If you’re worried that a particular project or activity is destined for failure, look out for these warning signs.

  • Strategic performance management does not correlate well with risk responses.
  • Risk management is somewhat disconnected with contract management processes.
  • Risk scenarios have been poorly considered, which affects strategy execution.
  • Too many risk-heavy activities are being carried out by staff who lack knowledge of risk.

So that risk doesn’t cause too much of a negative impact, management needs to set up the right risk strategy which identifies and mitigates any kind of risk. This can then be rolled out across all business units, who benefit from improved performance and strategic planning, and a more transparent view of risks.

9. An Organizational Culture that Ignores Blind Spots and Dysfunction

Organizations which have put serious thought into their culture are more likely to be able to manage unacceptable risk. Consideration of this also allows new dangers to be identified more easily within a forever changing operational environment. In contrast, organizations which are unable to pick up on risk warning signs, must make changes as the impact of specific risks can be devastating.

Dysfunction and blind spots can be visible in many different ways. However, the most common ones include:

  • Members of staff being rewarded for taking risks.
  • Executives who have unrealistic targets, encourage competition between staff or who are resistant to things they don’t want to hear.
  • A loose connection between risk management and high priority business problems.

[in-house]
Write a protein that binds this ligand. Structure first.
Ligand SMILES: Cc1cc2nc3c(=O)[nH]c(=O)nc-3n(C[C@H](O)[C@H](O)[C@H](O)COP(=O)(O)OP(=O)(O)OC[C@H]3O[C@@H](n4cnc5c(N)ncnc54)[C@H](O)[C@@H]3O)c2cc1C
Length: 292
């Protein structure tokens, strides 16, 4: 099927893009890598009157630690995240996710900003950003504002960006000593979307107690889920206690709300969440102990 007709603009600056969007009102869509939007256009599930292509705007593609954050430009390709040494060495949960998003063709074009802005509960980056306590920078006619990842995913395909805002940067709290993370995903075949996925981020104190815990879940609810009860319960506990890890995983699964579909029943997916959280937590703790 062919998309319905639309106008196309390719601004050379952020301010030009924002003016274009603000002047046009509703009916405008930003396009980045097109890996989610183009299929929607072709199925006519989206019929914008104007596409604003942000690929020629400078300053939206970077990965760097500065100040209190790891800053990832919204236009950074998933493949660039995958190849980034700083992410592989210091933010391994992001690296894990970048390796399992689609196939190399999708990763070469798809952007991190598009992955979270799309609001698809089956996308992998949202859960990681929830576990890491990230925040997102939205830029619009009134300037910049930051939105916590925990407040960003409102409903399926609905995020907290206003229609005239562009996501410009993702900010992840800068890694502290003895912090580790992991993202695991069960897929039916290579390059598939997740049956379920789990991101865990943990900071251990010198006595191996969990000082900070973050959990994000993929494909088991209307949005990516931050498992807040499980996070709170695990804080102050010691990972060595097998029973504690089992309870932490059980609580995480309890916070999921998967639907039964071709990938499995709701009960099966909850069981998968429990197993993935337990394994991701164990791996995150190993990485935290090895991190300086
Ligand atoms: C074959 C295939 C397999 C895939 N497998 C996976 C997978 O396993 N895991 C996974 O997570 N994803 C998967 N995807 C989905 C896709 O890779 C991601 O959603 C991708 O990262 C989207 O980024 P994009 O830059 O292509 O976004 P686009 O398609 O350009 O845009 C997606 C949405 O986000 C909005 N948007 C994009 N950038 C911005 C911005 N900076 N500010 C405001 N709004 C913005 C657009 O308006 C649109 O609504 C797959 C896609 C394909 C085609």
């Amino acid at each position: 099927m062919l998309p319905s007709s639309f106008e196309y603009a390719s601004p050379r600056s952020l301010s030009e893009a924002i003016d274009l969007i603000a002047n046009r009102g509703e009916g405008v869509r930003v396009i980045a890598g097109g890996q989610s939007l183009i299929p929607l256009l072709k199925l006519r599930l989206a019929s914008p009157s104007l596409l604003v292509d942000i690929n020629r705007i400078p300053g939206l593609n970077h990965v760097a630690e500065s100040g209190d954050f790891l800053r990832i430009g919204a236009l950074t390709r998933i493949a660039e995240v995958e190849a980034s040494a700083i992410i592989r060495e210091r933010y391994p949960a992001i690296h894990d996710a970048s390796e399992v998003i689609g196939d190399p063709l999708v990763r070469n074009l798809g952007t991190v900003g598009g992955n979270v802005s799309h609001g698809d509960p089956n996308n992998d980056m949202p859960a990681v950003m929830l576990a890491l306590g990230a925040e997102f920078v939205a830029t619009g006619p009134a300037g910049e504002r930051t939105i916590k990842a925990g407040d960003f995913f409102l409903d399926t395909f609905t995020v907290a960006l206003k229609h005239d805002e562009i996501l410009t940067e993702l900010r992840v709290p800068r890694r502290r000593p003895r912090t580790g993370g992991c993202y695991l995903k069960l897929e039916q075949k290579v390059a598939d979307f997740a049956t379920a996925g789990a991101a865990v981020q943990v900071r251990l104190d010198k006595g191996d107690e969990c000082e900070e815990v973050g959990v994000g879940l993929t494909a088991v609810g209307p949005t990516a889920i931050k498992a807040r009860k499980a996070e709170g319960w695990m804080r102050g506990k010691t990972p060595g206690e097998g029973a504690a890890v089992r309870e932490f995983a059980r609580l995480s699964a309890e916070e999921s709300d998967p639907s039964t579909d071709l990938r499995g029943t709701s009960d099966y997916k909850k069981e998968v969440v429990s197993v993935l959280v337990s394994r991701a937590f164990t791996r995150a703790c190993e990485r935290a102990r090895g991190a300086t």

• Lack of responsibility concerning risk management, sometimes resulting in total failure for certain parts of the organization.

Within the organization, an open dialogue should be established regarding both opportunities and risk. Policies should be created that govern risk exposure. In other words, employees that don’t follow the rules should be disciplined. A process of escalation should also be present which manages risk problems rather than allow them to get out of control.

10. Poor Board Involvement from the Beginning

Corporate boards need to be involved from the start with things like business planning, corporate strategy or risk appetite. Look out for these warning signs that can indicate a lack of involvement for risk activities within an organization.

  • The board are only aware of particular risks once they’ve occurred.
  • Board discussions about risk are ad-hoc and unstructured.
  • Directors are not aware of the essential risks within the organization.
  • A lack of discussion by the board on the organization’s risk profile.

Only by evaluating the entire operating environment can both the directors and board begin to determine existing and emerging risk before it happens. Similarly, risk appetite, and significant risks within the organization also need to be considered. A strategy should be established so that existing threats to the business model can be dealt with appropriately.

Risk reporting also needs to take place, which should include activities such as:

  • Determining the most critical risks which exist over the entire organization.
  • Working out which investments perform well, and which ones that don’t and the reasons to why this is happening.
  • Reviewing the position of certain portfolio items and how prone to risk they could be.
  • Performing scenario analysis to see how different changes could impact on specific business activities.
  • Reporting all risks to executives so they can be addressed appropriately.